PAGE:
On the downside, without taking a few things into consideration, it can also make a photo dull and washed out. So, here are a few strategies for taking photos in the fog:
Composition Using Depth and Layering
With foggy scenes, emphasizing depth is critical — more so than with any other type of landscape shot.
In fog, the more distance between you and your subject, the less color, texture and contrast the subject will have. Or, depending on the thickness of the fog, nearby subjects may disappear all together.
Without emphasizing depth and only having a single subject, you could end up with a flat or washed out scene. So, to get that foggy enigmatic appeal, I recommend layering your composition — showing foreground, middle ground and background elements, when possible. Objects nearer to you will have more detail, color saturation and contrast. Objects in the middle ground and background will progressively “fade” out as they get further away.
This will emphasize to the viewer that there’s a great big world out there, shrouded in mystery.
In the above image, I used four approximate layers to help convey depth. First, I have the rocks near me as my close foreground. Then, the rest of the cliffside creates a secondary foreground element to emphasize the scale of the cliff. Finally, the river basin makes up my middle ground and the distant hills, lost in the haze, affirm the background.
Overcoming Exposure and Auto-Focus Difficulties
In fog, accumulation of water droplets suspended in the air cause ambient light waves to be uniformly scattered. This results in a soft and evenly diffused light, much like a natural soft box all around you. The downside of this even balance is low contrast and less light.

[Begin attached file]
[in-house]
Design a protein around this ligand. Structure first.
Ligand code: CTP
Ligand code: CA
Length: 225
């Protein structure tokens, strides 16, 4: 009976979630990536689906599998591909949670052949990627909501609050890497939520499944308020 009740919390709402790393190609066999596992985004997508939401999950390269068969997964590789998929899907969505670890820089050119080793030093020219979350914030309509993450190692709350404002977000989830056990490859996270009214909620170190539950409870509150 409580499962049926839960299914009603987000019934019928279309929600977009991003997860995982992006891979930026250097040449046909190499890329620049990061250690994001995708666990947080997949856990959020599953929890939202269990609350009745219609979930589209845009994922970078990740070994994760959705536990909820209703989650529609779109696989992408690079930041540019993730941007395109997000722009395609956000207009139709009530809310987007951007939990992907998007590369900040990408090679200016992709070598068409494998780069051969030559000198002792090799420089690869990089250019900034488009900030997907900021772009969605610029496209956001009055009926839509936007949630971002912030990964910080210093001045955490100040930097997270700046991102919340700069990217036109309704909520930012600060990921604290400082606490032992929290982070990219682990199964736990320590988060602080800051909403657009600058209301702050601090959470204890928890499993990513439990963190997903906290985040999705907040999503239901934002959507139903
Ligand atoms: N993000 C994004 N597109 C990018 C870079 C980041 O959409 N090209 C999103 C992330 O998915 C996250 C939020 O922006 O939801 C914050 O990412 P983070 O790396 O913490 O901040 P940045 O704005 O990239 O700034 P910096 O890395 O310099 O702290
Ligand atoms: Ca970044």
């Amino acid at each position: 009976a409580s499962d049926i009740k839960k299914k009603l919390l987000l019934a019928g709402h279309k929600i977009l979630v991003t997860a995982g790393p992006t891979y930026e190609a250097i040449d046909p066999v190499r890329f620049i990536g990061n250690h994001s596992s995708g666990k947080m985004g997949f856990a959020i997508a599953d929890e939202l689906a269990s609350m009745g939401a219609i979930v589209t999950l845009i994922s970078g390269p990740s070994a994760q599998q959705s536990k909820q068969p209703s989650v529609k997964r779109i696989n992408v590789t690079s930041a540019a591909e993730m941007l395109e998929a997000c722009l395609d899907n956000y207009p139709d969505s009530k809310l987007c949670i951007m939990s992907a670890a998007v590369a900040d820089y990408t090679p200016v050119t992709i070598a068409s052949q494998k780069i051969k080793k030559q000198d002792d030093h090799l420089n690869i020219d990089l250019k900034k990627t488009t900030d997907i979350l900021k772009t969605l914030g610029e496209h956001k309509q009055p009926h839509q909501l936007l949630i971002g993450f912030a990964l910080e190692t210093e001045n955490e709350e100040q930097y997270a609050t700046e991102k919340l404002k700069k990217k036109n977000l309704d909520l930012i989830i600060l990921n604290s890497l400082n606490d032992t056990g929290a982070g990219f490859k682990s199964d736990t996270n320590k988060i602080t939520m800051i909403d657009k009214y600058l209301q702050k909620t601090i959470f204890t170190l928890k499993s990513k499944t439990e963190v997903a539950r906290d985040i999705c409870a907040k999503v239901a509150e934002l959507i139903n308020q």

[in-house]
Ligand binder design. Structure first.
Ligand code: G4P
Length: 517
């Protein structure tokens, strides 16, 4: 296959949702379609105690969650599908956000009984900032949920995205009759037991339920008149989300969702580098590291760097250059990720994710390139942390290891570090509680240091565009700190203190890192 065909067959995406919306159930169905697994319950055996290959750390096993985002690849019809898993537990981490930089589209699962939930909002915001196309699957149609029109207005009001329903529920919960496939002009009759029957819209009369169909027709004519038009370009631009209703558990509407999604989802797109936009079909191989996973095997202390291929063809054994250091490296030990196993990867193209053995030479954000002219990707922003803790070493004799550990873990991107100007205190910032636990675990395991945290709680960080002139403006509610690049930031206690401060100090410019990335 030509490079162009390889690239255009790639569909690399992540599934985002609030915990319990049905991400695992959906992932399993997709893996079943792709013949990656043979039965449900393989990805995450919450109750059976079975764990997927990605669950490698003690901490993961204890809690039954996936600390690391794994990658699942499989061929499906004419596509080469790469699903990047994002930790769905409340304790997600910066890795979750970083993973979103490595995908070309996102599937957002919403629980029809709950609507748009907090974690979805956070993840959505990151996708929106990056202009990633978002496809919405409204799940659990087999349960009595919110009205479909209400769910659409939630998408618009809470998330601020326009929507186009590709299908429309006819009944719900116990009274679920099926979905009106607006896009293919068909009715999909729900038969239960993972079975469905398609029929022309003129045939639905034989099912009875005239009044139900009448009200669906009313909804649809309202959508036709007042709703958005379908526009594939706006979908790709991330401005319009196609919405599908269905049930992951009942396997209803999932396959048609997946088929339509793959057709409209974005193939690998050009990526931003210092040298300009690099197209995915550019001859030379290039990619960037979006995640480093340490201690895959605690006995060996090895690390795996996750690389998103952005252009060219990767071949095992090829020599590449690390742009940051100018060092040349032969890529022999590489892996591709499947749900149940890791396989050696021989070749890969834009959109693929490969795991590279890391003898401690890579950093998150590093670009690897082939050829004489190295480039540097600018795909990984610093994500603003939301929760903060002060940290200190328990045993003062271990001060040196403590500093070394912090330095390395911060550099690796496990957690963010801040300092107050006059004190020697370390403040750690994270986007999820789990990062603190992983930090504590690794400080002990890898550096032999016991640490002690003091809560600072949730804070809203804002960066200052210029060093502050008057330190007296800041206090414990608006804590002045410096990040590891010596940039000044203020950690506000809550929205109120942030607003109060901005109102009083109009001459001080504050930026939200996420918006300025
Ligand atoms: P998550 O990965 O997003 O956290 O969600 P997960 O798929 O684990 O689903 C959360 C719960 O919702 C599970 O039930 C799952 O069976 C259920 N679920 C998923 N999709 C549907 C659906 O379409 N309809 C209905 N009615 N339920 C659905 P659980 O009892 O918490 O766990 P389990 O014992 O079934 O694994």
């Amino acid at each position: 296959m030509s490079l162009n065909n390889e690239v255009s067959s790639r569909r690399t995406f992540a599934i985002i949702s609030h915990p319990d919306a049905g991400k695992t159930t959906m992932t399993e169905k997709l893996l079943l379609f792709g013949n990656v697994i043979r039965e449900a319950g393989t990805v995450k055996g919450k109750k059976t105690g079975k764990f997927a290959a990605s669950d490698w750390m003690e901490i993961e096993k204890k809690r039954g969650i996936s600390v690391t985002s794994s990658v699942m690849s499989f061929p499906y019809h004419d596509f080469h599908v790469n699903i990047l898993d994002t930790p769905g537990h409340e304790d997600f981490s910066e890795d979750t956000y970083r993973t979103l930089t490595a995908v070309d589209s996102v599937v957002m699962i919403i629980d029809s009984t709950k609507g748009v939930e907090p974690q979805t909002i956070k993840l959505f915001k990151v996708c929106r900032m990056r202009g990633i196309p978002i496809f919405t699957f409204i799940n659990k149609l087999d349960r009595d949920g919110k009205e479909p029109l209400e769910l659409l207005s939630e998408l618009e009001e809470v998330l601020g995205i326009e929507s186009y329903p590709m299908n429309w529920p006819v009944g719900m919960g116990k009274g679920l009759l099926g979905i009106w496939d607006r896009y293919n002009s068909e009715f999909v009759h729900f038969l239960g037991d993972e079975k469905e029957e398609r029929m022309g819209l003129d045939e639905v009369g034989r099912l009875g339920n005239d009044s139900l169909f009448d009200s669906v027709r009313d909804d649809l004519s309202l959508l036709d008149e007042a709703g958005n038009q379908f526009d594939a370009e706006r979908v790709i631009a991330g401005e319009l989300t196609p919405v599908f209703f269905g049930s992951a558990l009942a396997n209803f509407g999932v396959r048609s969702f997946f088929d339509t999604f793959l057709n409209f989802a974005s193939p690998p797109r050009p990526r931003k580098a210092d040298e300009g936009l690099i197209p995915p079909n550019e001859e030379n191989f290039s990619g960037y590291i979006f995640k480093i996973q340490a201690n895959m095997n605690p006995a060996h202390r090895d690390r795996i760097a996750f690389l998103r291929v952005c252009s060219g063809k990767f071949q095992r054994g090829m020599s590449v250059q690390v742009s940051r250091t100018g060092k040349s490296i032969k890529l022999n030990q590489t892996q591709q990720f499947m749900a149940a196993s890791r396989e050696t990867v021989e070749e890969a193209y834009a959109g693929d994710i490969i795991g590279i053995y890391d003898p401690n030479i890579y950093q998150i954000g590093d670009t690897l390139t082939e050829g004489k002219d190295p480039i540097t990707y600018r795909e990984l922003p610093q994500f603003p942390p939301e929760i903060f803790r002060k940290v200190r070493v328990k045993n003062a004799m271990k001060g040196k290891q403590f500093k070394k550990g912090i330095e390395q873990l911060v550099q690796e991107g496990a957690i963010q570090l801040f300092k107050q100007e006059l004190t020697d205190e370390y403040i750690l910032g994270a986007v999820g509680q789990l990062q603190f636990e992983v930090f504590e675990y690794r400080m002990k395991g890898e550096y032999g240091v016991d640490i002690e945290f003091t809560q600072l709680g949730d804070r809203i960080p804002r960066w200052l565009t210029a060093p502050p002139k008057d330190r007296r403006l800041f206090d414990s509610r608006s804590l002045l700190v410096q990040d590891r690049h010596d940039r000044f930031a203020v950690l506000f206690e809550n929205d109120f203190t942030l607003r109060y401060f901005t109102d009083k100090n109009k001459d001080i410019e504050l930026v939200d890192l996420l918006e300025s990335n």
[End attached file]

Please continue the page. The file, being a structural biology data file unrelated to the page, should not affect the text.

This type of scene will almost always trick your camera’s internal exposure meter. I recommend shooting in full manual or at least aperture priority mode, where you can control your exposure. You’ll likely need to shoot at least 1/2 stop over what your meter thinks. Another idea is to bracket your exposures in 1/2 stop increments.
A second limitation you sometimes have in fog is lack of autofocus. Depending on the thickness of the fog, this may not be a problem. However, sometimes the low contrast can keep your AF from hitting your intended mark. So if you get the dreaded infinite AF seek, just switch to manual focus and dial it in the old-fashioned way.
Planning for Fog
Fog can happen at any time of year and in all types of landscapes or urban areas. Check your local weather reports to figure out the right time for your next fog adventure.
If you’re planning a foggy photo outing, get an early start. Fog is going to look best in the morning or evening. If fog or heavy haze still lingers around during mid-day, it’s likely to leave you with a washed out, over exposed mess.
When shooting in fog, patience and flexibility are mandatory. You might wander around shooting and using your instinct to judge the ever-changing thickness of the fog. Or you might pre-scout a shot, commit to the scene and wait for the fog to bow to your creative will.
Sometimes, you’re not hoping for fog. In the “Old Baldy” shot above, I hiked up to a pre-scouted location hoping for a colorful sunrise. At first light, it turned out to be a foggy morning. So I changed tactics and patience paid off, as the sun briefly peaked through the fog two hours later for a dramatic shot.
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About the Author: Eric Pohl is an Austin-based photographer, travel writer and web designer with a passion for visual communication and a relentless creative energy. From the urban landscape to the natural landscape, his documentary work reveals unique perspectives on the extraordinary environments, places, history, and culture of the world around us. His images and articles can be regularly found in magazines, books and websites covering nature and travel topics.